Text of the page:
WWE Is Back in Dallas Next Week, but Much Has Changed Since Wrestlemania 32
WWE champion Dean Ambrose, shown here at Wrestlemania 32, will return to Dallas on Tuesday.
In April, we were all chugging beers like Stone Cold Steve Austin at Wrestlemania 32. The event set an all-time attendance record for WWE and CEO Vince McMahon’s crew of jacked-up grapplers, with 101,763 fans showing up for a weekend of bodyslams and steel cage dives.
On Tuesday, WWE returns to Dallas for the first time since Wrestlemania. Members of the WWE crew will film an episode of Smackdown Live at the American Airlines Center. But lots has changed in the wrestling world in four months, so before you dive back into the the snark-infested pool of professional wrestling, catch up on these five big changes at WWE since Wrestlemania.
The Brand Has Split
WWE decided to drum up competition within the company this summer by splitting their ever-growing roster for the first time since 2011. The company held a draft in July and divided the wrestlers between two competing shows, the flagship program RAW and Smackdown. So who is on the Smackdown brand? Lucky for us, Smackdown features many mainstay WWE talents such as John Cena, Randy Orton and current WWE Champion Dean Ambrose. Wrestlers drafted to RAW include former WWE champion Roman Reigns, Seth Rollins and Brock Lesnar (so they won't be in Dallas on Tuesday).
Shane McMahon Is Alive and Now Runs Smackdown
Shane McMahon created the most memorable moment of Wrestlemania 32 when he jumped off the top of a 20-foot steel cage in an ill-fated attempt to obliterate his Wrestlemania opponent, the Undertaker. That Hell in a Cell match had high stakes; if Shane won he would be given creative control of WWE’s flagship program RAW. Shane missed that elbow drop from the top of the cage, but he remains a key fixture on WWE television. You see, Shane’s dad Vince McMahon decided to console him by handing him the reins to WWE’s other brand, Smackdown. WWE has always done a fine job of blurring the line between reality and fiction, so it's unclear whether Shane is just a figurehead or he actually has creative control. Nevertheless, it’s a good thing that he's still part of WWE after his near-death jump from a steel cage.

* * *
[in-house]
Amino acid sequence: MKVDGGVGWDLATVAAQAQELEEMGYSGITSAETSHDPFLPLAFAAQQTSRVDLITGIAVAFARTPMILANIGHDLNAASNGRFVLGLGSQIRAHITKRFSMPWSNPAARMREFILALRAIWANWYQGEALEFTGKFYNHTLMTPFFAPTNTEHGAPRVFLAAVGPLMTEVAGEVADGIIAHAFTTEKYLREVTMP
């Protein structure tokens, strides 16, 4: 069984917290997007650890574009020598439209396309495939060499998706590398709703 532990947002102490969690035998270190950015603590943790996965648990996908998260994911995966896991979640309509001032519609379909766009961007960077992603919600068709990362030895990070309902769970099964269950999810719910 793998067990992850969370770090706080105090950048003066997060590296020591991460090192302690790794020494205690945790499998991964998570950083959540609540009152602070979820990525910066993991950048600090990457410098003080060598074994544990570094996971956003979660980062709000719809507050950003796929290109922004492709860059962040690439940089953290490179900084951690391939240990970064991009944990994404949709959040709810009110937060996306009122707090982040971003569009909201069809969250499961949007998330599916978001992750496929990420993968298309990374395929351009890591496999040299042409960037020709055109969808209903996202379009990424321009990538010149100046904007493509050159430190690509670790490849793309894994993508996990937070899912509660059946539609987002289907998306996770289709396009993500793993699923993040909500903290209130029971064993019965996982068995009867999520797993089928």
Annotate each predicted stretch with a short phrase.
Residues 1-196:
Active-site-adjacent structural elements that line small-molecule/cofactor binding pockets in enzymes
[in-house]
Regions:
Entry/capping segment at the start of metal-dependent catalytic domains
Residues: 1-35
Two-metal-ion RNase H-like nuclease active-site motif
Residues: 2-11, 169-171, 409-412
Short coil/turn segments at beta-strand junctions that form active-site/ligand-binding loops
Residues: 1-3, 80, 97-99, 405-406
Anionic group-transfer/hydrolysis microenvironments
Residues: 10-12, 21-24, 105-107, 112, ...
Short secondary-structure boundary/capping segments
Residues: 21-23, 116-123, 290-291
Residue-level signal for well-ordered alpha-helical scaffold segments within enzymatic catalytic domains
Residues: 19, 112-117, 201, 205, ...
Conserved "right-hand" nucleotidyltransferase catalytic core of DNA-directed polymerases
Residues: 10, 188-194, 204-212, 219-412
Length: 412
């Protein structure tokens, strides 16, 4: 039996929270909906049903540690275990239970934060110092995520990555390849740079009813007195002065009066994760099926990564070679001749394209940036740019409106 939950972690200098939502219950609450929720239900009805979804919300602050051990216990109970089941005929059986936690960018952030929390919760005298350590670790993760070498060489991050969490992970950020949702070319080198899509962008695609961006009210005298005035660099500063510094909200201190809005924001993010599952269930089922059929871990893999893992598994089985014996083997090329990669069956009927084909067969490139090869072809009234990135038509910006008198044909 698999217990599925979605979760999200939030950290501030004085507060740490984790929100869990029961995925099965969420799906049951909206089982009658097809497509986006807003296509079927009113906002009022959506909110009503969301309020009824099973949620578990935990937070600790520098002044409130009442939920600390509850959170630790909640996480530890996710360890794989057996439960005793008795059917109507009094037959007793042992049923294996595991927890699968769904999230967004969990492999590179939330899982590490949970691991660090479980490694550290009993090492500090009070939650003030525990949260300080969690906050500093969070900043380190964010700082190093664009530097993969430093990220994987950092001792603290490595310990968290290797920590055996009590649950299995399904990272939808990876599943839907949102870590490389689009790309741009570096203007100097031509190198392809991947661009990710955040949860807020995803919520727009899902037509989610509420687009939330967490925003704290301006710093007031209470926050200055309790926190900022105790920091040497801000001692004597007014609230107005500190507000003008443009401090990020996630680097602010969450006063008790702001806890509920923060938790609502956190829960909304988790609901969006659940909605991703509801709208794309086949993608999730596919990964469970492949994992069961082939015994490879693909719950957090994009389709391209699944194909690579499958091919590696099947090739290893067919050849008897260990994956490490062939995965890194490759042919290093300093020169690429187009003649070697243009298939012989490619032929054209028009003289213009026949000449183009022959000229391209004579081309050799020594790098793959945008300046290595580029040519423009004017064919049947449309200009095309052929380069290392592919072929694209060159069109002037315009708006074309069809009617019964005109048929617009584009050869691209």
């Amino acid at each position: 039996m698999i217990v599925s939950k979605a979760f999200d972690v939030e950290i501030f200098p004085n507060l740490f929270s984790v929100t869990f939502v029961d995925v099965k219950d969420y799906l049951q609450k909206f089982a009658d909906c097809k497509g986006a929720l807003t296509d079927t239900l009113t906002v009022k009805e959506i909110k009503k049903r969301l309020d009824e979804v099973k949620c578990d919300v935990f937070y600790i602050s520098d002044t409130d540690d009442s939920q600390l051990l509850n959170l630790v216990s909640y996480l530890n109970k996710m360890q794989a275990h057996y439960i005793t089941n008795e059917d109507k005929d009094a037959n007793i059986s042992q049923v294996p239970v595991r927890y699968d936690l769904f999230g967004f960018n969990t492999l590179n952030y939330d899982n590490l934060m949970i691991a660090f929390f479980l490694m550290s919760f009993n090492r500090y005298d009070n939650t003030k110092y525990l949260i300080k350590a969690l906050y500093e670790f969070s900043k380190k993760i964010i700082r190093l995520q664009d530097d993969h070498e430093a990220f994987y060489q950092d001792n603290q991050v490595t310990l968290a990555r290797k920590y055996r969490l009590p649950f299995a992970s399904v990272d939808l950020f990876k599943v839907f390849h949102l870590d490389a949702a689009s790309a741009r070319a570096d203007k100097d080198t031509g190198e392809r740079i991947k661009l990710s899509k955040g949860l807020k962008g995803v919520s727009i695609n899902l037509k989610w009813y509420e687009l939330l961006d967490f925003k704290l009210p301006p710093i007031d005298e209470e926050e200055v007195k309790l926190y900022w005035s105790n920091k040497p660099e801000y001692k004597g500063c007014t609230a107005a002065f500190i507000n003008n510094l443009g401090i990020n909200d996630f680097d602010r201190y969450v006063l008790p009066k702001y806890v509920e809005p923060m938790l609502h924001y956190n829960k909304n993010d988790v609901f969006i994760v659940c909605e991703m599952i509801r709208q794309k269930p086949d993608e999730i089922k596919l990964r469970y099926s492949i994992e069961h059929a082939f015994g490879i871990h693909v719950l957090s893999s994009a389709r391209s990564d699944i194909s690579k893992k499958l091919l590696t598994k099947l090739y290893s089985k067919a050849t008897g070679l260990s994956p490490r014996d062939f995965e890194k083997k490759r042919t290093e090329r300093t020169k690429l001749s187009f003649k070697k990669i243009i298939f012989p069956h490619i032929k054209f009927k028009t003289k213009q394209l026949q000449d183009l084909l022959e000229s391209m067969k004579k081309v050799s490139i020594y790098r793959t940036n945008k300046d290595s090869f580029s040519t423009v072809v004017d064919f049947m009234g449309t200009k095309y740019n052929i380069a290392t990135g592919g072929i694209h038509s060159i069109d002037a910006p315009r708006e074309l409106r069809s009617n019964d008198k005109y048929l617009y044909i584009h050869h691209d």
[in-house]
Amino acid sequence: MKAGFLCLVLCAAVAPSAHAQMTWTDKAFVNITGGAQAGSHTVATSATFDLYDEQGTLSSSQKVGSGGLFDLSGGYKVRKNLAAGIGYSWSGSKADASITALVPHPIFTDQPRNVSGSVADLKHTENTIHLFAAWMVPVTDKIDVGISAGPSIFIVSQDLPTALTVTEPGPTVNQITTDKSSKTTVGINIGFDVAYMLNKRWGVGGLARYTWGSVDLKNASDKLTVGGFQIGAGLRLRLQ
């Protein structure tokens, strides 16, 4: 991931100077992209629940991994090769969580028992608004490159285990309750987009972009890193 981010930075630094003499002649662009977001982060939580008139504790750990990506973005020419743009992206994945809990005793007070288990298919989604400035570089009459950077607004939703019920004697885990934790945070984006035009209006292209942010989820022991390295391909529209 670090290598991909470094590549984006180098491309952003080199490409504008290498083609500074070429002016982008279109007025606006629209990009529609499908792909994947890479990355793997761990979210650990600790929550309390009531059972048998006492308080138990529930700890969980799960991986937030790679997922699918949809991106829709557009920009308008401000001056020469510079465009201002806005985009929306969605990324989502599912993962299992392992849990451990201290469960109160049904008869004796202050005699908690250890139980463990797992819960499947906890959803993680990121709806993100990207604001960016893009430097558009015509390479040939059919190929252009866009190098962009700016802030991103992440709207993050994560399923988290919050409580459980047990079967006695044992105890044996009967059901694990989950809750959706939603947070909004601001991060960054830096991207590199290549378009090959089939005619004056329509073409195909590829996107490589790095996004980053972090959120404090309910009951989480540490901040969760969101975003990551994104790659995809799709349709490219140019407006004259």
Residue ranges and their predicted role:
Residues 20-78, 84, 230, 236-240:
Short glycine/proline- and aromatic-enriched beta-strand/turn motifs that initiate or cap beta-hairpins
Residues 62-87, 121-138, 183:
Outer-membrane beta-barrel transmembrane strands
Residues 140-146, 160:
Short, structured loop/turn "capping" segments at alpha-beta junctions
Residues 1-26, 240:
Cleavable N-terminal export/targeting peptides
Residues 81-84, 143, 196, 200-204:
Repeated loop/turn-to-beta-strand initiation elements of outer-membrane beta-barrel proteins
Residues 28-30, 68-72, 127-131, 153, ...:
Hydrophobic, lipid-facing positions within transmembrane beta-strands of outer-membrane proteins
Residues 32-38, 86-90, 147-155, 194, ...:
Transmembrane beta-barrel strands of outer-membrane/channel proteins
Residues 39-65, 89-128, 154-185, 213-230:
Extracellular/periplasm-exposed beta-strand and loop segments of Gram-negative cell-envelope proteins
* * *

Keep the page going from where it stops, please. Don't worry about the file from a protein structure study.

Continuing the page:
A Whole Lot of Suspensions
Ten years ago, following a few high-profile wrestler deaths, Vince McMahon implemented the WWE Wellness Policy, which includes regular testing for everything from performance-enhancing to recreational drugs. Since then, WWE has suspended 50 wrestlers. In 2016 alone, six have been suspended, including Wrestlemania 32 champion Roman Reigns, who tested positive for Adderall. The most dramatic suspension of the year, however, belongs to Brock Lesnar. After his UFC victory over Mark Hunt, it was discovered that he'd tested positive for drugs that are typically used as a companion to steroids. UFC suspended Lesnar, but the WWE has yet to follow suit.
Dean Ambrose Is WWE Champion
Dean Ambrose won his first WWE championship just a few months after his Wrestlemania street fight against Brock Lesnar when he successfully cashed in his Money in the Bank contract. The contract guaranteed him a WWE title match whenever, wherever, and he used it against former stablemate Seth Rollins just minutes after Rollins defeated Reigns for the championship. Ambrose was drafted to Smackdown, so that means WWE’s marquee champion will be coming to Dallas on the Aug. 30.
There have been plenty of new faces called up from the NXT developmental brand since Wrestlemania. The trash-talking tag team of Enzo and Cass, former women’s champion Bayley and former NXT champion Finn Balor will all appear on RAW. Smackdown will feature tag team specialists American Alpha; female Samoan wrestler Nia Jax; and Mojo Rawley, who formed a team with Zack Ryder called The Hype Bros. With so much talent across their two main brands and the developmental brand NXT, WWE hopes to keep its product fresh between Wrestlemanias.
See WWE Smackdown Live at 6:15 p.m. Tuesday, Aug. 30, at American Airlines Center (2500 Victory Ave.). Tickets are $20 to $250 at ticketmaster.com.
Get the Arts & Culture Newsletter
Find out about arts and culture events in Dallas and offers you won't hear about anywhere else.